Big few weeks for Burling
Kiwi Olympic medallist Peter Burling is on living an adrenalin rush, as the youngest skipper on the startline of the America's Cup World Series in San Francisco is forced to come to grips with mastering an AC45 in a matter of days.
Burling, silver medallist at last month's London Olympics in the 49er skiff, has been called in to helm Team Korea's catamaran, replacing Australian Nathan Outteridge as skipper for next week's ACWS regatta. Outteridge, who pipped Burling for gold in the 49er off Weymouth, has now joined the Swedish Artemis camp.
"The last two helmsmen for Team Korea [Outteridge and Englishman Chris Draper] were 49er sailors. Maybe they felt I was the next best off the rank," the 21-year-old from Tauranga says.
After three days training on San Francisco Bay with the Team Korea sailing crew, locking horns with the other 10 ACWS crews in practice racing, Burling admits the AC45 is a lot more demanding than the skiff he sails with Blair Tuke.
"It's a pretty physical boat. My job is not so physically demanding, but forward of me, the other four guys are all pretty tired with a good sweat up at the end of a day's racing. She's certainly pretty different to a 49er," he says.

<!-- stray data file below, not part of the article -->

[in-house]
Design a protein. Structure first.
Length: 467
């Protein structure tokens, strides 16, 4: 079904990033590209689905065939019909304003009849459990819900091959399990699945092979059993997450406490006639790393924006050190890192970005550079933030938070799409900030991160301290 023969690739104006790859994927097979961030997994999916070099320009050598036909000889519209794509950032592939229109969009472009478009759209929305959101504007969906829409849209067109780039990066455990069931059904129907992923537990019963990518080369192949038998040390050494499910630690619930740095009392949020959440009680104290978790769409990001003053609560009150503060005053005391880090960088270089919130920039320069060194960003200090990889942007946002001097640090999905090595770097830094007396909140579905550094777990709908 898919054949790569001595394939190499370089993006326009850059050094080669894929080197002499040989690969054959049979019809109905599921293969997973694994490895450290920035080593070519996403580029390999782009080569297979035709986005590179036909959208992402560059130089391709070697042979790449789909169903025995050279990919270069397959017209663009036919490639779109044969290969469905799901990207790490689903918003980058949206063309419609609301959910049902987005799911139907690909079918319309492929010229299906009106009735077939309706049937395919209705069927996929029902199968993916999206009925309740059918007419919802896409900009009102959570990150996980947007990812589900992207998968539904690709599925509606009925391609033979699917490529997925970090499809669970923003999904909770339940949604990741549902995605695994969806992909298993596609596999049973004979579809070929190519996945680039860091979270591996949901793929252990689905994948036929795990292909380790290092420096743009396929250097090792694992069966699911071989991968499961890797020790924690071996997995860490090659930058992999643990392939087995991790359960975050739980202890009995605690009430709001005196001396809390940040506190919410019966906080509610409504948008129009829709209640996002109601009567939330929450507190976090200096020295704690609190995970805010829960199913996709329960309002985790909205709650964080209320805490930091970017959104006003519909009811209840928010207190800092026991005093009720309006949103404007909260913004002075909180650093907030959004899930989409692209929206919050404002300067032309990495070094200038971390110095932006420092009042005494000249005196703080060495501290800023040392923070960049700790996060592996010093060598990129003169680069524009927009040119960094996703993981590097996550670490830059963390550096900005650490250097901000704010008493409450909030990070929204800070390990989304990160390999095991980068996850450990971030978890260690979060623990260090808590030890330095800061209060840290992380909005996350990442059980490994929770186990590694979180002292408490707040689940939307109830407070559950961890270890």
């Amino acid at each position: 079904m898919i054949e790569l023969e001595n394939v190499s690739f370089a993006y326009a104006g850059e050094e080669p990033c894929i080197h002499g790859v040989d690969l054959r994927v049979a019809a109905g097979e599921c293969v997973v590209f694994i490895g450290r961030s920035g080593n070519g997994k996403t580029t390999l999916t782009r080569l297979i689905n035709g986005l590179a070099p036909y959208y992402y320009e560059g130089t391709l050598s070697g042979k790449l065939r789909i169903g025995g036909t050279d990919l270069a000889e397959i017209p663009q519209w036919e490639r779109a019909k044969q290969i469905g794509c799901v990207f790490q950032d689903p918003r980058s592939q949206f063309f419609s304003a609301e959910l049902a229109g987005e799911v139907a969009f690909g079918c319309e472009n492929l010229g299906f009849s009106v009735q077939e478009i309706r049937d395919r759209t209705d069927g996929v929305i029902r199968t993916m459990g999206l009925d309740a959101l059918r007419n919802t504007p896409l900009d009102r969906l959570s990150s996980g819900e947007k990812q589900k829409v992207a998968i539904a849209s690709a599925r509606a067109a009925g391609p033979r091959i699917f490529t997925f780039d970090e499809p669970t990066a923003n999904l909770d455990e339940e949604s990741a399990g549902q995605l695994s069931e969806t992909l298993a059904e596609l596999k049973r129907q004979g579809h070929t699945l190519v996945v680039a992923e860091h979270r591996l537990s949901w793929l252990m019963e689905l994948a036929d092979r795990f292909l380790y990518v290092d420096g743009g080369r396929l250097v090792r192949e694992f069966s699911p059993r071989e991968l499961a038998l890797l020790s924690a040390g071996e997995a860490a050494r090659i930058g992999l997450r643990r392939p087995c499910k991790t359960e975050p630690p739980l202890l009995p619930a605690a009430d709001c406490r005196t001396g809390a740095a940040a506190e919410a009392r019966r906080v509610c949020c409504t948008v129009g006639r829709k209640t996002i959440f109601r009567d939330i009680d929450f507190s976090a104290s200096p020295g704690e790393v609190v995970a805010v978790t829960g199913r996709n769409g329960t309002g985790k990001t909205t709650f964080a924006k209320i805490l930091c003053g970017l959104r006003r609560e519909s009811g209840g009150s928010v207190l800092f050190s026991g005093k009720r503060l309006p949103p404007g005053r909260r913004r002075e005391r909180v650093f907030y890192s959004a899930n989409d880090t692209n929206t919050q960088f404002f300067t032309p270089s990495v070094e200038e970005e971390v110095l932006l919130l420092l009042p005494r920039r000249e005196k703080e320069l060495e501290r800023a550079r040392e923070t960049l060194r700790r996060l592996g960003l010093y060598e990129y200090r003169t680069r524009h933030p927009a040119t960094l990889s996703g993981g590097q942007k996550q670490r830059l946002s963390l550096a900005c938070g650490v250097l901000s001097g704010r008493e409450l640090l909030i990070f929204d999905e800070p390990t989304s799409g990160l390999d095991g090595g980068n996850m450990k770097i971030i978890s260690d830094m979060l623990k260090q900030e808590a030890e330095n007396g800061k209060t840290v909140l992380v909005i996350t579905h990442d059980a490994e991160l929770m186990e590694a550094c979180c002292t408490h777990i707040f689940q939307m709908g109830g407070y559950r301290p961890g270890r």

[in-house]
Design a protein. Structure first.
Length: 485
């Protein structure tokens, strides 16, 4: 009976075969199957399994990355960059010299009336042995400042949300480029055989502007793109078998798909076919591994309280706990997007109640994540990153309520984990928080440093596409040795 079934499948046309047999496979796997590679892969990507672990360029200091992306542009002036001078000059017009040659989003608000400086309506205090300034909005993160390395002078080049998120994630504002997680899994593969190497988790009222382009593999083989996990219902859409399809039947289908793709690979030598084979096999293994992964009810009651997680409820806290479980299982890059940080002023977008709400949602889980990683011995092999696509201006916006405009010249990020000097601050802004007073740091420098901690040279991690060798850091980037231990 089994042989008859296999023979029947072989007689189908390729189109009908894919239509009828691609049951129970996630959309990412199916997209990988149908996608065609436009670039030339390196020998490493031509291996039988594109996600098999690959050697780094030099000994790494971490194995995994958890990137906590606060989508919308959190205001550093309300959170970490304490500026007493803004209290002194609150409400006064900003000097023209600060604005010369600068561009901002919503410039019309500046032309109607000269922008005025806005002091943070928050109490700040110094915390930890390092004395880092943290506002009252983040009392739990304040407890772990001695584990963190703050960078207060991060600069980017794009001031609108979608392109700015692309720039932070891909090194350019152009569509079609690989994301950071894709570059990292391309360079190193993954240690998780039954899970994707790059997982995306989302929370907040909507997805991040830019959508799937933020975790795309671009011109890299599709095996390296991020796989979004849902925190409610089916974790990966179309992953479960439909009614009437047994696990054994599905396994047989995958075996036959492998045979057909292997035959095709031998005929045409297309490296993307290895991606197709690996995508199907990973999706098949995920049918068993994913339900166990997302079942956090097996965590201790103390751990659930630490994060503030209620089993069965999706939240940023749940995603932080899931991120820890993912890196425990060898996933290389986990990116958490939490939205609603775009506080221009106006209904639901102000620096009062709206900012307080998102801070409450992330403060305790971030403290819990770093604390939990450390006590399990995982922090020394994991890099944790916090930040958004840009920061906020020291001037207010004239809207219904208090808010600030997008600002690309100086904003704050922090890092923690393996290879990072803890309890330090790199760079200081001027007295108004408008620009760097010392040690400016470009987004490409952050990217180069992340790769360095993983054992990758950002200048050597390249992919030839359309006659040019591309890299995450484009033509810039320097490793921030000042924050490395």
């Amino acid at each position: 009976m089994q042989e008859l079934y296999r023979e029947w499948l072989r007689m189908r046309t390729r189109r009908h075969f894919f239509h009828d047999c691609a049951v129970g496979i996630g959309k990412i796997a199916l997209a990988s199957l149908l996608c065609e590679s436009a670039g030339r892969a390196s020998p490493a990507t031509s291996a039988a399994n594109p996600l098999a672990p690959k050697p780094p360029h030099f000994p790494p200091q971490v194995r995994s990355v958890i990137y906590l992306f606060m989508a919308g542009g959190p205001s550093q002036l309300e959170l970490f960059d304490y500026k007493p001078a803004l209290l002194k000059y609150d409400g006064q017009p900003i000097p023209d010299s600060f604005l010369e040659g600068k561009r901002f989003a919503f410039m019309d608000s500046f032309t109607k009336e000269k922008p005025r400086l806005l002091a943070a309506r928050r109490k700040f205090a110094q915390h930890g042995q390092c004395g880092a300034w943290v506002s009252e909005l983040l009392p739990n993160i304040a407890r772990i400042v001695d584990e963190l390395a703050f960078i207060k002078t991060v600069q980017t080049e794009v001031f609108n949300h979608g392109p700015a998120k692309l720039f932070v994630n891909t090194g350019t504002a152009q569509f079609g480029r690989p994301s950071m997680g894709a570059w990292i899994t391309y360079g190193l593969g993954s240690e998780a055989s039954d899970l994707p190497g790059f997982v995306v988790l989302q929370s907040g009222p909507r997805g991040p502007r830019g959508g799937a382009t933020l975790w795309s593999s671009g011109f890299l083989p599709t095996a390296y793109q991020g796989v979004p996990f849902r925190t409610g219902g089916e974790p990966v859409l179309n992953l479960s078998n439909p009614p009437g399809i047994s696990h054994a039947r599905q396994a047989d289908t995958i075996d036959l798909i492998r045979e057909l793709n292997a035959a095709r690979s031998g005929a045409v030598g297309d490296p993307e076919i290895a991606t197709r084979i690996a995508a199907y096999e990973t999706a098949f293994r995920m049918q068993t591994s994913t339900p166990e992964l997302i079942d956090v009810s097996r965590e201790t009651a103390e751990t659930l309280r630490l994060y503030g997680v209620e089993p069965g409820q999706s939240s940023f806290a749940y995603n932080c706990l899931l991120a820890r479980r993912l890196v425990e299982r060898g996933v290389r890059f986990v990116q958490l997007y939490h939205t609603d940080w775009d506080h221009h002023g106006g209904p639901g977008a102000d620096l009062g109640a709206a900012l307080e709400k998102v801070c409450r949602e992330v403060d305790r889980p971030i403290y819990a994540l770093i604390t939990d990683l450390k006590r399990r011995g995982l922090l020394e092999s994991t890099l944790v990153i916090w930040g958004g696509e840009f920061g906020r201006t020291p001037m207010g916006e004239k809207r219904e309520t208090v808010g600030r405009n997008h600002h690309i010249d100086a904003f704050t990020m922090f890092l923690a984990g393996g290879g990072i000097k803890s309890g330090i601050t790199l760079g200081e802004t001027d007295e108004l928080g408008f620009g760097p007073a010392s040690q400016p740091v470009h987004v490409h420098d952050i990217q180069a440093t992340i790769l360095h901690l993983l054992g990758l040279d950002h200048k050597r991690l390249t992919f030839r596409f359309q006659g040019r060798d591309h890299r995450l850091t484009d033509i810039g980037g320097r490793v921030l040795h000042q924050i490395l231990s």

The difference? "The AC45 is a fair bit quicker - we're doing 15 knots upwind compared to a top speed of 11 knots on the 49er. And downwind, we can get up to 30 knots max, where in the 49er we can do around 25. It's obviously a lot bigger too and a lot more hands are needed to work it."
Right now, the adrenalin rush is far greater for Burling too. "I'm not as comfortable in the boat yet, but it will all settle down once I get the hang of it," he says.
Three of his crew have built up experience on the boat. "They're a really good fun bunch of guys, easy going, and they know the boat pretty well," he says. The other new sailor in the crew is also a Kiwi - headsail trimmer Andrew McLean, who's just completed the Volvo Ocean Race on board Camper.
"It's pretty hard for us to have a goal for this regatta, because we don't know how good we will be. I guess it's to do as well as we can, with minimum mistakes," Burling says.
Burling is hoping his tenure will continue through the rest of the ACWS - two more events in Venice and Naples next year.
But the likelihood of Burling getting to helm an AC72 in the America's Cup proper is looking less and less, as Team Korea struggle to raise the funds needed to build a boat for next year's Louis Vuitton Cup. "The programme is looking pretty doubtful right now. But if I had the opportunity to sail one of those boats, it would be amazing," he says.
There's also a chance for Burling to head up the New Zealand team in the Youth America's Cup, which will be raced on these same AC45s between the Louis Vuitton Cup and the America's Cup next year.
"Yeah, I'd be interested in that. The more racing the better for me at the moment," he says.